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    Author(s): Jeanne C. Chambers; Bruce A. Roundy; Robert R. Blank; Susan E. Meyer; A. Whittaker
    Date: 2007
    Source: Ecological Monographs. 77(1): 117-145.
    Publication Series: Miscellaneous Publication
    PDF: Download Publication  (670 B)


    Ecosystem susceptibility to invasion by nonnative species is poorly understood, but evidence is increasing that spatial and temporal variability in resources has large-scale effects. We conducted a study in Artemisia tridentata ecosystems at two Great Basin locations examining differences in resource availability and invasibility of Bromus tectorum over elevation gradients and in response to direct and interacting effects of removal of perennial herbaceous vegetation and fire. We monitored environmental conditions, soil variables, and B. tectorum establishment and reproduction over two years.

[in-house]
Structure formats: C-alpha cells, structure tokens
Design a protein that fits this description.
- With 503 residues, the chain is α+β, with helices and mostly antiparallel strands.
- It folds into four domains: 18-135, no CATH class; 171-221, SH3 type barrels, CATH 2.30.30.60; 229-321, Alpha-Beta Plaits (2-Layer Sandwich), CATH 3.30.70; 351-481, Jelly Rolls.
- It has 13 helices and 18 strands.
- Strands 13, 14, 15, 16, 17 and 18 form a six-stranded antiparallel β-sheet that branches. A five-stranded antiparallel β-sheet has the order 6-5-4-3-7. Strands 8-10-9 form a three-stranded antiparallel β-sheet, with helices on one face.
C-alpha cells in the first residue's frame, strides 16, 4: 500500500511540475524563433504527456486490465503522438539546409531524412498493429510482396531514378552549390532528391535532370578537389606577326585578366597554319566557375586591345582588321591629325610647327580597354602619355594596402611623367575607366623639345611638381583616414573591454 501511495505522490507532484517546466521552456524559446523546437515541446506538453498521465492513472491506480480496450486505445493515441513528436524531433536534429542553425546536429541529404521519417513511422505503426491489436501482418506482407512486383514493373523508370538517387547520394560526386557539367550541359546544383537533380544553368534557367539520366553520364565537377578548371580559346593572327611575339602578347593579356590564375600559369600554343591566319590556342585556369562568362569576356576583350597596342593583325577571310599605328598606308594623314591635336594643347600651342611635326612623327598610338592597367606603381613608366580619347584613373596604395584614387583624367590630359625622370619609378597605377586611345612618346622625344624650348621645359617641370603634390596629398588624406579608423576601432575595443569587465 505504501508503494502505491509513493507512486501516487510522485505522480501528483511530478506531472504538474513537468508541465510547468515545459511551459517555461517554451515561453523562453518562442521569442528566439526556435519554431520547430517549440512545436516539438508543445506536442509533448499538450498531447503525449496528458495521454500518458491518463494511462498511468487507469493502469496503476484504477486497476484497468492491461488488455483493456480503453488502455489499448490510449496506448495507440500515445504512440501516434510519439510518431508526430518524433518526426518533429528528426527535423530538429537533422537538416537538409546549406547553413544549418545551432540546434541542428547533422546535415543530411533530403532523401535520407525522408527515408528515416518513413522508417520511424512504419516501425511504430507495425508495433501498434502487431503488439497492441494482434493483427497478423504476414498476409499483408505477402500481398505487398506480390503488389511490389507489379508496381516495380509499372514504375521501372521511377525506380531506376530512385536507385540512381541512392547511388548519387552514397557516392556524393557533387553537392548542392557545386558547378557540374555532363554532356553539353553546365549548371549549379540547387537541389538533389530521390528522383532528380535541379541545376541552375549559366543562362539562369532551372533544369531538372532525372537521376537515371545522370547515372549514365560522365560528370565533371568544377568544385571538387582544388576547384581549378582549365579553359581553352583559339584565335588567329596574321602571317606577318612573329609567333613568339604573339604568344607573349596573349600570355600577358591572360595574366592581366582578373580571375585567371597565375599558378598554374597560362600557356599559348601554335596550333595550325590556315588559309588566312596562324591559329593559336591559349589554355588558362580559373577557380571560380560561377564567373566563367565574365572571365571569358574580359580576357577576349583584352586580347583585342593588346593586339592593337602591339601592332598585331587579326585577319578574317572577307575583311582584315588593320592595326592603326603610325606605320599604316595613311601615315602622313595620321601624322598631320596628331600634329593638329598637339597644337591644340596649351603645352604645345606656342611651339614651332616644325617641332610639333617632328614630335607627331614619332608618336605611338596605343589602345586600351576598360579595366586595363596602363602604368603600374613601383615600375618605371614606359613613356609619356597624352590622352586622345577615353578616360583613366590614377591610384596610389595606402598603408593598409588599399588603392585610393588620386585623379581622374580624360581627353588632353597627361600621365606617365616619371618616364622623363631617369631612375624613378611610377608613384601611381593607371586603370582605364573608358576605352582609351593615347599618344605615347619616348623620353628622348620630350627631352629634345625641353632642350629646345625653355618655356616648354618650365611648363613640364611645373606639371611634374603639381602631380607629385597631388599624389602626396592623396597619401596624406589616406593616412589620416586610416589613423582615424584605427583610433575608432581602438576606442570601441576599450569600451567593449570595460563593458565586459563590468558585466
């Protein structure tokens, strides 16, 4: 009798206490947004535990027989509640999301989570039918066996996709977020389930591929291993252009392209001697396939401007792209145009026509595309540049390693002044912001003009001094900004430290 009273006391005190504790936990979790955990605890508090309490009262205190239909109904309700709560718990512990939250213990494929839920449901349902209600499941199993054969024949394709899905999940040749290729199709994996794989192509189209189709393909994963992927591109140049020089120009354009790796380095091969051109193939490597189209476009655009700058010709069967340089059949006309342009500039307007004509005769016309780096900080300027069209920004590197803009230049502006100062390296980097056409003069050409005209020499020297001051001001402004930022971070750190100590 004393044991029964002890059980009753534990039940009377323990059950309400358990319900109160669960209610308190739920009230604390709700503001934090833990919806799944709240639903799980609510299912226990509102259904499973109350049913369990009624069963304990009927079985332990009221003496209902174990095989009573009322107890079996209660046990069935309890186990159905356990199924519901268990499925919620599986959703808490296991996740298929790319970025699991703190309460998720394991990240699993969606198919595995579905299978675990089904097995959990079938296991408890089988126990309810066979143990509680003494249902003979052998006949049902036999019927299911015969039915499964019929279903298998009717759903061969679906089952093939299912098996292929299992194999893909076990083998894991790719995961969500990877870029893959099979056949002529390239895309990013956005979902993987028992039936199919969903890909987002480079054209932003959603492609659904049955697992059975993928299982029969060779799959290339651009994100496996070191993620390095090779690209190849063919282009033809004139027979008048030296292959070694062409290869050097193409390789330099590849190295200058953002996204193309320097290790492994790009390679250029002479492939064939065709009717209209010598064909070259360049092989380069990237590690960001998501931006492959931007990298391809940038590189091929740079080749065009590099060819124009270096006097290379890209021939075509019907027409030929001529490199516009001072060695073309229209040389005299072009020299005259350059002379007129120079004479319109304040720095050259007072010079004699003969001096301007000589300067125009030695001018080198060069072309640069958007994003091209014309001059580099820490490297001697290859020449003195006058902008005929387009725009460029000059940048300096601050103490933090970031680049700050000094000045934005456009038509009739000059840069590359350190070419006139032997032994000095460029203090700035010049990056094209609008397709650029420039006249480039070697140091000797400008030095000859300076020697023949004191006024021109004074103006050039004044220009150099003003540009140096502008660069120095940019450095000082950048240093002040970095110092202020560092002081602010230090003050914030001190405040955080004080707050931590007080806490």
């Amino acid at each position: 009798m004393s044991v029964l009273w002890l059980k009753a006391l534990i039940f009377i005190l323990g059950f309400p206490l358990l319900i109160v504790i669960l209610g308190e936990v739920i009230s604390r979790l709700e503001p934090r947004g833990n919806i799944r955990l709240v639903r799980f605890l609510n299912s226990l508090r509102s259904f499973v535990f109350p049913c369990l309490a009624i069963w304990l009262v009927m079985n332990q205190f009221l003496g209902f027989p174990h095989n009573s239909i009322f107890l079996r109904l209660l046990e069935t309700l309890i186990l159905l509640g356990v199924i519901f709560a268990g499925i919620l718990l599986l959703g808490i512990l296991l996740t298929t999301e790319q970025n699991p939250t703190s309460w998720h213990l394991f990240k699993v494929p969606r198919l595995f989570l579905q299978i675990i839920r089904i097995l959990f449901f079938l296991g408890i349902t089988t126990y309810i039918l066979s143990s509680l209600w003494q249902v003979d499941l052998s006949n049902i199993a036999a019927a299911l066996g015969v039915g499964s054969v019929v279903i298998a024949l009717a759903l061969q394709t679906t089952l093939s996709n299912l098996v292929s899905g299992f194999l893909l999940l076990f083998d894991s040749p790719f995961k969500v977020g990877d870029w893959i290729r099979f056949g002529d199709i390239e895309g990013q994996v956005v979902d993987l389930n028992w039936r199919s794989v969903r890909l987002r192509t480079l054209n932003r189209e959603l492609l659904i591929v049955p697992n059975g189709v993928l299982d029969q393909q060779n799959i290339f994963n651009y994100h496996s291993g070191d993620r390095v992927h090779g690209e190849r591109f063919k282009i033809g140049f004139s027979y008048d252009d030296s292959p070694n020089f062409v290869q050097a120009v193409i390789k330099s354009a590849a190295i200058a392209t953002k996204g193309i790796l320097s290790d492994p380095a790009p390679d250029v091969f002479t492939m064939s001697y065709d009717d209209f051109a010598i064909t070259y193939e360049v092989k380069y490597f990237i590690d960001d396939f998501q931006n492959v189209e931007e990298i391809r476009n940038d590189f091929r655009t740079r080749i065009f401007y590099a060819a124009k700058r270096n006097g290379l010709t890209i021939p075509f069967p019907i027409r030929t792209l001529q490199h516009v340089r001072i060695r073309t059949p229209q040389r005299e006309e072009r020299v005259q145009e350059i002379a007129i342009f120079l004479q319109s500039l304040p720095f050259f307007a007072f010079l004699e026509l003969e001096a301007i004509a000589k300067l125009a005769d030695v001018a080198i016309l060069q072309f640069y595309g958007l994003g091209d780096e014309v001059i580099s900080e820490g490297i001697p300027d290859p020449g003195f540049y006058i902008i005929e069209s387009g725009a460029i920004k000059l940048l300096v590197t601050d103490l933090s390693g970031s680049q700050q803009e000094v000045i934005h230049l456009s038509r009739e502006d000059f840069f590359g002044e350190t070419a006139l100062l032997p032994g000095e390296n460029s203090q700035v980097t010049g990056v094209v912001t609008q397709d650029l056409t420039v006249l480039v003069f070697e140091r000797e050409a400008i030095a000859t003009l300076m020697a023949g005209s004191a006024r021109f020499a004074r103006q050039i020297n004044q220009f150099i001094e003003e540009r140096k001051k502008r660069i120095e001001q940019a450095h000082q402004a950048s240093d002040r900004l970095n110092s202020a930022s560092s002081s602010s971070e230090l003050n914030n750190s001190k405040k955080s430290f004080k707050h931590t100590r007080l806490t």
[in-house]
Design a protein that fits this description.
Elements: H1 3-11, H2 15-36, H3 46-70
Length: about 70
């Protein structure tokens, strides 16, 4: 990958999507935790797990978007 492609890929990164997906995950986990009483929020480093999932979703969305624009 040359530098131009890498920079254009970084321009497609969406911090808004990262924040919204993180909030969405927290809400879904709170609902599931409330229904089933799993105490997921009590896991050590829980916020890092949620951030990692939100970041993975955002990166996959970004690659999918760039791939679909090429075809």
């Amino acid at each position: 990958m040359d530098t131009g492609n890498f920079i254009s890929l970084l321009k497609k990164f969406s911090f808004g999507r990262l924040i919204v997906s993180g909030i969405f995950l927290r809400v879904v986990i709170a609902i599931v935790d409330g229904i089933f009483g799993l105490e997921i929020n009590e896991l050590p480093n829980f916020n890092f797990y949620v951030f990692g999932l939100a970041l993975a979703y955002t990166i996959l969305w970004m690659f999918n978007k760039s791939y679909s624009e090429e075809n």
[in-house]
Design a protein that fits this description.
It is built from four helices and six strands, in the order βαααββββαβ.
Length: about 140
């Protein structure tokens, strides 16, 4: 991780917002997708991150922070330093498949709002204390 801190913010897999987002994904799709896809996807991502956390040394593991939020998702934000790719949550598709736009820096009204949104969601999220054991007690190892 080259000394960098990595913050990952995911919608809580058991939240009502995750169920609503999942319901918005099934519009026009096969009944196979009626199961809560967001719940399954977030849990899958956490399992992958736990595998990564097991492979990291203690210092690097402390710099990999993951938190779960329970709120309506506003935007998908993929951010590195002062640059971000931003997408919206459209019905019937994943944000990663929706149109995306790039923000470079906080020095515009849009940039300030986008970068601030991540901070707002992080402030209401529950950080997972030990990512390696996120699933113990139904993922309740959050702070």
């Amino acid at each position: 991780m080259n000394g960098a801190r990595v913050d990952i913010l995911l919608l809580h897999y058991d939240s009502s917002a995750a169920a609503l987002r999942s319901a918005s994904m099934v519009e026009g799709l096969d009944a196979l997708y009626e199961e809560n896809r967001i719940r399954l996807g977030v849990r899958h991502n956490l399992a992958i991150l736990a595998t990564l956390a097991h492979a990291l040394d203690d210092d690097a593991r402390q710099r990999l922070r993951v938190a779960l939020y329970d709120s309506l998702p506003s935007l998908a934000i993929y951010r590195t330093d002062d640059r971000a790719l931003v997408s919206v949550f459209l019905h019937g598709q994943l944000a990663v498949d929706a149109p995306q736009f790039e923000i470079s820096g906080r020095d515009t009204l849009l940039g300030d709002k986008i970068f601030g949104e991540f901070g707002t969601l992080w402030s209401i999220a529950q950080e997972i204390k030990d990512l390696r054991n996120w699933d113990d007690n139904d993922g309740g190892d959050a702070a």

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    Chambers, Jeanne C.; Roundy, Bruce A.; Blank, Robert R.; Meyer, Susan E.; Whittaker, A. 2007. What makes Great Basin sagebrush ecosystems invasible by Bromus tectorum?. Ecological Monographs. 77(1): 117-145.


    Artemisia tridentata, Bromus tectorum, ecological resistance, elevation gradient, fire, invasibility, plant removal, resource availability

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